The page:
The High Court recently handed down a practice note relating to the practice of making settlement offers or payments into court in cases involving claims on behalf of persons under a disability. The practice note confirms the previously understood position that the self-contained procedural regime for formal sanctioned offers and sanctioned payments in Order 22 of the court rules does not apply to claims for money arising out of proceedings on behalf of persons under a disability.
A couple of recent first-instance decisions demonstrate the courts' wide discretion to award costs between parties based on a higher rate of recovery (referred to as an 'indemnity basis'). Such costs are not literally an indemnity – the receiving party does not recover all of their costs from the paying party. While indemnity costs are not the norm, many parties and their legal representatives often seek such costs without sufficient regard to whether this is actually justified.
A recent High Court decision confirms that the normal practice for trial of proceedings commenced by writ is for a witness statement to stand as the witness's evidence-in-chief without them having to give such evidence verbally prior to cross-examination. Further, where a person gives a witness statement but is unable to attend the trial, the weight to be attached to that statement (if any) is a matter for the trial judge.
In a relatively close-knit community such as Hong Kong, it is not uncommon for parties to proceedings or their witnesses, lawyers or experts to be known to a judge or tribunal member, which could create a perception of potential bias. In these circumstances, applications might be made for the recusal of the judge or tribunal member and for the case to be reassigned. Two recent cases serve as a timely reminder of the inherent difficulties and sensitivities involved in an assessment of apparent bias.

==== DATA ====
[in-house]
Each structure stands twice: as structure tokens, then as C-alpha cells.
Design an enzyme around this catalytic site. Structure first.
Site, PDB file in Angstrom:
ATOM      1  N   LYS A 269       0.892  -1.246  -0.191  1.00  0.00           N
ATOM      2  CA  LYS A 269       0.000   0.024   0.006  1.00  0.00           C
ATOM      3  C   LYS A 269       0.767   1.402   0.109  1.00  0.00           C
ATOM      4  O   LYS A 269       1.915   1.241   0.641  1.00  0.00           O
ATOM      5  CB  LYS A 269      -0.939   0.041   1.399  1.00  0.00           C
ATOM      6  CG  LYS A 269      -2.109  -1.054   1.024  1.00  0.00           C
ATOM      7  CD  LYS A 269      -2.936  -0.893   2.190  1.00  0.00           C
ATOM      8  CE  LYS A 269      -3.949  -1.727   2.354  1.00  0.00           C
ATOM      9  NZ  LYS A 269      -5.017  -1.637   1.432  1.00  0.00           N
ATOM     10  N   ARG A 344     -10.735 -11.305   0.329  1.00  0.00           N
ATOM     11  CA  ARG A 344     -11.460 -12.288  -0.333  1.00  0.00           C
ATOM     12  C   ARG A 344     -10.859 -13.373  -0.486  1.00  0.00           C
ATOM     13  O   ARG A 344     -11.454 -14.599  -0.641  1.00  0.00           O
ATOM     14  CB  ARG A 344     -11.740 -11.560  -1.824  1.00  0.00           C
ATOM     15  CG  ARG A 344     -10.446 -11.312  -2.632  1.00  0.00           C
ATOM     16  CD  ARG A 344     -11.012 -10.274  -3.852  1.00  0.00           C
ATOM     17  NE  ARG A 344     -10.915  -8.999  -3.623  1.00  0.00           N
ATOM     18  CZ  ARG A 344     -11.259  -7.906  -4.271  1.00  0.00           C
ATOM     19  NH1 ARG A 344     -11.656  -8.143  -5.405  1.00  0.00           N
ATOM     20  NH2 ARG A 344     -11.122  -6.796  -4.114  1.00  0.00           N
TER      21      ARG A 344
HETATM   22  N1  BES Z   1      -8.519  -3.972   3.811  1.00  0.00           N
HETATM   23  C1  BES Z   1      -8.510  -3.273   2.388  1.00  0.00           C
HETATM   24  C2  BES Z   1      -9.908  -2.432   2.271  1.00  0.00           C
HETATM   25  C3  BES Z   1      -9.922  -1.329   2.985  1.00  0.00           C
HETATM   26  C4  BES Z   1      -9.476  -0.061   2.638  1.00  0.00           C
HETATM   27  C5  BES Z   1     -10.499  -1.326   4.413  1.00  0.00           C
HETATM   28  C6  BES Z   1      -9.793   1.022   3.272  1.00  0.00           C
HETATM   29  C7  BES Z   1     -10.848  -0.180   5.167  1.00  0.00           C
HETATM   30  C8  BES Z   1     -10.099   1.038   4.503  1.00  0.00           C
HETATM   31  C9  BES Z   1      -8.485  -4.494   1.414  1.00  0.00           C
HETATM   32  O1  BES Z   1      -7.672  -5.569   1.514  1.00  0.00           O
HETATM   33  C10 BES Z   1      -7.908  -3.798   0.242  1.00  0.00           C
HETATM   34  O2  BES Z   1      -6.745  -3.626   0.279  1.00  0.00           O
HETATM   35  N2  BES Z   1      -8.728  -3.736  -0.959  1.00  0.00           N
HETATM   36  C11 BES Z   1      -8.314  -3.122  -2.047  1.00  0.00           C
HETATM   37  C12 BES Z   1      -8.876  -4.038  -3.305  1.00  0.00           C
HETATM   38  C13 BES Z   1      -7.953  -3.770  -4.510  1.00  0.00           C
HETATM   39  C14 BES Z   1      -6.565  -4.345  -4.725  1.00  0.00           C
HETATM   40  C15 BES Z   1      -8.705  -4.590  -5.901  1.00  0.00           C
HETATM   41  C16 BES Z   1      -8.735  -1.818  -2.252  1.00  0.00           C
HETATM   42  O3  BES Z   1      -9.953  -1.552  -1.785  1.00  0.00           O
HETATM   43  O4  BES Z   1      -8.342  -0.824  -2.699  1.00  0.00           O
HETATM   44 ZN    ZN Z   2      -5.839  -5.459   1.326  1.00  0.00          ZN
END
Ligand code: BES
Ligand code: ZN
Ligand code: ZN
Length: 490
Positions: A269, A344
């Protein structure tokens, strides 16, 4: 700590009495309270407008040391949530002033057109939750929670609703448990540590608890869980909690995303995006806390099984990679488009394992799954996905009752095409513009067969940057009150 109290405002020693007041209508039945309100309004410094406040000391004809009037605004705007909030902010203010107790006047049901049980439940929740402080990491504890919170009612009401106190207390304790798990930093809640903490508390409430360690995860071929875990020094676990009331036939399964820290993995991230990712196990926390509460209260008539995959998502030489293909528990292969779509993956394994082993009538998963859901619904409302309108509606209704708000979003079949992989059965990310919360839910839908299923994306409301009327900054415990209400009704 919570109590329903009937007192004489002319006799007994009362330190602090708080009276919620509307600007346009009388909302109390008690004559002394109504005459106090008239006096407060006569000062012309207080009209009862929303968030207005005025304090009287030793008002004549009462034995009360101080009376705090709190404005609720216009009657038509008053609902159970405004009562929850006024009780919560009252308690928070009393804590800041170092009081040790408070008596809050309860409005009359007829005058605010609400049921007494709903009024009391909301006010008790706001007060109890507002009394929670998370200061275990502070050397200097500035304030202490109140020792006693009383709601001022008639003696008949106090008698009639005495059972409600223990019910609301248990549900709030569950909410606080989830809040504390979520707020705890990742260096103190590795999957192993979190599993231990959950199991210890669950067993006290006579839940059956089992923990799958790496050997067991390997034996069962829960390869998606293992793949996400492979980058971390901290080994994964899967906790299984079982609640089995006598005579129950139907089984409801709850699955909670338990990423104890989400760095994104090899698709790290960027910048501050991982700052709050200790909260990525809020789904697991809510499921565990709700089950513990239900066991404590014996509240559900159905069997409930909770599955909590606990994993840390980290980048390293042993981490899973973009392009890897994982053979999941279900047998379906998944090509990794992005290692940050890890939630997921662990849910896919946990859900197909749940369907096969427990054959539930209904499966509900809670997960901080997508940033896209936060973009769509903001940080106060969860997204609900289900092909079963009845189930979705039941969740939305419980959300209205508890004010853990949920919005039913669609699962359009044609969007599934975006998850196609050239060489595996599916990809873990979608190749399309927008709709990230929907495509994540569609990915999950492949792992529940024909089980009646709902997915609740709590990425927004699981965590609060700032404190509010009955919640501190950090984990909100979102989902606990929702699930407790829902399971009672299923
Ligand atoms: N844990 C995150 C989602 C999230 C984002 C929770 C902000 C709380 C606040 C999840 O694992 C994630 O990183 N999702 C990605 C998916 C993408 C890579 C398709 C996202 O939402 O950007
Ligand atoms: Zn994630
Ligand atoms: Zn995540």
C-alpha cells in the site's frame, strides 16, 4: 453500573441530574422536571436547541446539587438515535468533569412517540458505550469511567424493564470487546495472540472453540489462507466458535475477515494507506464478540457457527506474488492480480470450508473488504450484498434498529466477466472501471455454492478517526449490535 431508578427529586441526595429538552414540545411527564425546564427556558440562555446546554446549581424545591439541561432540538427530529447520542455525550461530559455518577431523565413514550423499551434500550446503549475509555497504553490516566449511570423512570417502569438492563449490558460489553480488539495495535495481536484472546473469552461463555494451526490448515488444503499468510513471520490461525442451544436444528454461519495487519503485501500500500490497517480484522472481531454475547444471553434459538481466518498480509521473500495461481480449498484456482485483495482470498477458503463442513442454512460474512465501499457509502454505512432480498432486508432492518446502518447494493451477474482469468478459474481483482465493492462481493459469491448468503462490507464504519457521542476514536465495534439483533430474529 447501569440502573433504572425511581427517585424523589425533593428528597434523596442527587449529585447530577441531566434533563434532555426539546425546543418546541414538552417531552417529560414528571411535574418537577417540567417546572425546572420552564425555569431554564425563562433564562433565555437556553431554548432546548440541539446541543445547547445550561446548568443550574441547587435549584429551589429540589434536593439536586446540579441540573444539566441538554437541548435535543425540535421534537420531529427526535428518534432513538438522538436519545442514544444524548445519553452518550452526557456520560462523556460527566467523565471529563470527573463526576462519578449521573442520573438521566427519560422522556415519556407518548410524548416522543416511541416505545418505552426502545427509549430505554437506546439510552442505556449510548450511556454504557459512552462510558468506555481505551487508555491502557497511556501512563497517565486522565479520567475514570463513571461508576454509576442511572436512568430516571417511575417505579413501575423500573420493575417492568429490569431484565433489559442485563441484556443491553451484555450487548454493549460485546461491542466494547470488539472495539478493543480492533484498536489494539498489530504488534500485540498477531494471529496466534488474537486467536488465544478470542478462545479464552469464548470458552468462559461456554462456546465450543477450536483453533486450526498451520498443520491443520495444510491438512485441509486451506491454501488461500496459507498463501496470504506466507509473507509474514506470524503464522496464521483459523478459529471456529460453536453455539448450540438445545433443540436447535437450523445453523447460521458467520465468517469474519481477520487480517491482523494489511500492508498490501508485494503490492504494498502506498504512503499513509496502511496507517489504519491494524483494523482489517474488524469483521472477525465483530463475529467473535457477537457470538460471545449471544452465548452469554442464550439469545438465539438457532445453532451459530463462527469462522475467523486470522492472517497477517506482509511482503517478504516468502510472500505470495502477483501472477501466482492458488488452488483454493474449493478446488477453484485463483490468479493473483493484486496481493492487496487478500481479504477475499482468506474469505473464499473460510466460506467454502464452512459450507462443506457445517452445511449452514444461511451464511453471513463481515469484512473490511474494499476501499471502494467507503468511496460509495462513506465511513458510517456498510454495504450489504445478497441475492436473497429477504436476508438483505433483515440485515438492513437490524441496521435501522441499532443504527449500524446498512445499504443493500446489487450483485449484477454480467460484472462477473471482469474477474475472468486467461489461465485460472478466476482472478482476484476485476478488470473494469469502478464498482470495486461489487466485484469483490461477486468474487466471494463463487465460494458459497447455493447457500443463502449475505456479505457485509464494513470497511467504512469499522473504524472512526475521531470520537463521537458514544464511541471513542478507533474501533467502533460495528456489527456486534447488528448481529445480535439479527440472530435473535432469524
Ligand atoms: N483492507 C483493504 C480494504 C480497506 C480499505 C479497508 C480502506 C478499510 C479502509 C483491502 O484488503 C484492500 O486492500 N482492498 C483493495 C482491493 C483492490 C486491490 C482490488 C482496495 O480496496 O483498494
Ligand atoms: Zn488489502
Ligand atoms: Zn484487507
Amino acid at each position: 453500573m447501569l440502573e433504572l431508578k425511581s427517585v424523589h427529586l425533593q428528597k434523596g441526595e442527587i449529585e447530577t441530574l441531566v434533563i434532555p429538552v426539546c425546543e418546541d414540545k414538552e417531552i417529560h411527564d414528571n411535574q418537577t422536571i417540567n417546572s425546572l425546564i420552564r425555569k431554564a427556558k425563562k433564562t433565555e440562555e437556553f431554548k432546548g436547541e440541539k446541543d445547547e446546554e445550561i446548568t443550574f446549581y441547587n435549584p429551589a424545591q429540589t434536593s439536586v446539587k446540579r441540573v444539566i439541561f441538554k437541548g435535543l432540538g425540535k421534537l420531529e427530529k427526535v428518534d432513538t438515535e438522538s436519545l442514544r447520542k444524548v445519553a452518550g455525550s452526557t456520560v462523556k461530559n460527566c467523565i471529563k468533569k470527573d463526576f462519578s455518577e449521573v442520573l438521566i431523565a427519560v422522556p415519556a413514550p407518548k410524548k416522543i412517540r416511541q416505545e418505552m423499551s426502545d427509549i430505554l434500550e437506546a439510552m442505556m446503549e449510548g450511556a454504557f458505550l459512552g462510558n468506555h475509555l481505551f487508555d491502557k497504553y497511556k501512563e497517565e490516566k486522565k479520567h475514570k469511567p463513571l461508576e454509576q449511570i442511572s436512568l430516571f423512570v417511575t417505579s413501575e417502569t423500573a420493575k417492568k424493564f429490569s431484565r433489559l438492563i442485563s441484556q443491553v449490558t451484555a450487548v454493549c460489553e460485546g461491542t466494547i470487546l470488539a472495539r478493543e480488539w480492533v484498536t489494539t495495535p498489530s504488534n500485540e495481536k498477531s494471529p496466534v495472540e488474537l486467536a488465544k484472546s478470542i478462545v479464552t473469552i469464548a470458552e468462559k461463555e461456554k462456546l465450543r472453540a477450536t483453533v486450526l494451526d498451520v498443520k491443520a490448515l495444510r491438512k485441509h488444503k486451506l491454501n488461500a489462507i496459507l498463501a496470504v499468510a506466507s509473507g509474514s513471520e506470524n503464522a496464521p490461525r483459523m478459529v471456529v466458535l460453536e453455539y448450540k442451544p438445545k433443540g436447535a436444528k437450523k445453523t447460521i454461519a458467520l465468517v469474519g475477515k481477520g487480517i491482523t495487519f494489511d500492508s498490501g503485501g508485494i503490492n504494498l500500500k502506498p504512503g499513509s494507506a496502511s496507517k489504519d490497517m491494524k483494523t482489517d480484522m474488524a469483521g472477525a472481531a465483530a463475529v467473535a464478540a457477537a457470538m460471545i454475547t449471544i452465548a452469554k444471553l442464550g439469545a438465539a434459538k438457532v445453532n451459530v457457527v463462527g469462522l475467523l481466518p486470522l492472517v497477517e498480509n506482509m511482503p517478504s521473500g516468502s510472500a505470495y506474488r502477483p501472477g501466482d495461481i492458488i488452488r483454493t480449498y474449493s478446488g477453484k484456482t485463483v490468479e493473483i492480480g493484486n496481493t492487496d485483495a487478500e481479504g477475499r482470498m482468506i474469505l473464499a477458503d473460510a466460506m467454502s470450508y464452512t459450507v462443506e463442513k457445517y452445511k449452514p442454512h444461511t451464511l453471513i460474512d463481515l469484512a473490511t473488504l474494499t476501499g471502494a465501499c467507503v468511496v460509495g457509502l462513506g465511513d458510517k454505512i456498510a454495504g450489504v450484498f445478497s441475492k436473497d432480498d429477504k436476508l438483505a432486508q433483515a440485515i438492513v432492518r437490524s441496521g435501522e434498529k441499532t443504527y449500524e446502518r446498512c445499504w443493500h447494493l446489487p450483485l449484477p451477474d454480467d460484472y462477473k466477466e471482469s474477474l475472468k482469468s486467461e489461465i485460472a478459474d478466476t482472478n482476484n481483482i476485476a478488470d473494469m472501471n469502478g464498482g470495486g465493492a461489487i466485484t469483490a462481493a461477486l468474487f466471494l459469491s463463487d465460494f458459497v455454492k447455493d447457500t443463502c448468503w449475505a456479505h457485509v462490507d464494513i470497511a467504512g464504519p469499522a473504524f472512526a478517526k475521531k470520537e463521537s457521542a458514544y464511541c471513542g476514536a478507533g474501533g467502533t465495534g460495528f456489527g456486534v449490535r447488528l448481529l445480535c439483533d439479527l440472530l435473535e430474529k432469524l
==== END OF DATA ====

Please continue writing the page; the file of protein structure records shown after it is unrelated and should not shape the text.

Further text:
In a recent case before the High Court, a novel issue arose as to whether a party's deployment of privileged documents for the purposes of the trial of a preliminary issue concerning limitation would result in privilege in the documents being waived (lost) for the purposes of the main trial, in the event that the court held that the claim was not time barred. The case is a useful reminder of the potential danger of trying to deploy privileged material for the purposes of only part of court proceedings.